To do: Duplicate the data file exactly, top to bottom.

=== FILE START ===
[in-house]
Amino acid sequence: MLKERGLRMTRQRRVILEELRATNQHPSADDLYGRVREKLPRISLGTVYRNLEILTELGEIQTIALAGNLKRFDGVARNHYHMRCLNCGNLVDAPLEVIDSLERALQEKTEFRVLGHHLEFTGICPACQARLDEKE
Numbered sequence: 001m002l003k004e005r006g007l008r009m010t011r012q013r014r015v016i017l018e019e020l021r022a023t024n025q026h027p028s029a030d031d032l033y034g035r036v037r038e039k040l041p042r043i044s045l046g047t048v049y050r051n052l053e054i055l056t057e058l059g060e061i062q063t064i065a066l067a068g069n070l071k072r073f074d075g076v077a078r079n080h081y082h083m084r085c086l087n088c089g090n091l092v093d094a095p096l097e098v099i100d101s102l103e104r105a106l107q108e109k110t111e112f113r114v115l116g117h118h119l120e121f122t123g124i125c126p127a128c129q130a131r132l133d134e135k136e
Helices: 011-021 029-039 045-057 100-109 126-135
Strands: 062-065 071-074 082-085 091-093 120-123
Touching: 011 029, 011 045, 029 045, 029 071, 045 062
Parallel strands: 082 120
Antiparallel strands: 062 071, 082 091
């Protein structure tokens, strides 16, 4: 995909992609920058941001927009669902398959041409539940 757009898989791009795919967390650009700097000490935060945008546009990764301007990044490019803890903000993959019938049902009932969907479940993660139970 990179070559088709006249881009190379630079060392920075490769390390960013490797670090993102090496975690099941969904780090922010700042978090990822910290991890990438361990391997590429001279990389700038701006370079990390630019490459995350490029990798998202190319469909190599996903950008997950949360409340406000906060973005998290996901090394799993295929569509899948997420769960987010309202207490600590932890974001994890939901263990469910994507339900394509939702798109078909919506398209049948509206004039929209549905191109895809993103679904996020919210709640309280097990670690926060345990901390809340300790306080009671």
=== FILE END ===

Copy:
[in-house]
Amino acid sequence: MLKERGLRMTRQRRVILEELRATNQHPSADDLYGRVREKLPRISLGTVYRNLEILTELGEIQTIALAGNLKRFDGVARNHYHMRCLNCGNLVDAPLEVIDSLERALQEKTEFRVLGHHLEFTGICPACQARLDEKE
Numbered sequence: 001m002l003k004e005r006g007l008r009m010t011r012q013r014r015v016i017l018e019e020l021r022a023t024n025q026h027p028s029a030d031d032l033y034g035r036v037r038e039k040l041p042r043i044s045l046g047t048v049y050r051n052l053e054i055l056t057e058l059g060e061i062q063t064i065a066l067a068g069n070l071k072r073f074d075g076v077a078r079n080h081y082h083m084r085c086l087n088c089g090n091l092v093d094a095p096l097e098v099i100d101s102l103e104r105a106l107q108e109k110t111e112f113r114v115l116g117h118h119l120e121f122t123g124i125c126p127a128c129q130a131r132l133d134e135k136e
Helices: 011-021 029-039 045-057 100-109 126-135
Strands: 062-065 071-074 082-085 091-093 120-123
Touching: 011 029, 011 045, 029 045, 029 071, 045 062
Parallel strands: 082 120
Antiparallel strands: 062 071, 082 091
């Protein structure tokens, strides 16, 4: 995909992609920058941001927009669902398959041409539940 757009898989791009795919967390650009700097000490935060945008546009990764301007990044490019803890903000993959019938049902009932969907479940993660139970 990179070559088709006249881009190379630079060392920075490769390390960013490797670090993102090496975690099941969904780090922010700042978090990822910290991890990438361990391997590429001279990389700038701006370079990390630019490459995350490029990798998202190319469909190599996903950008997950949360409340406000906060973005998290996901090394799993295929569509899948997420769960987010309202207490600590932890974001994890939901263990469910994507339900394509939702798109078909919506398209049948509206004039929209549905191109895809993103679904996020919210709640309280097990670690926060345990901390809340300790306080009671």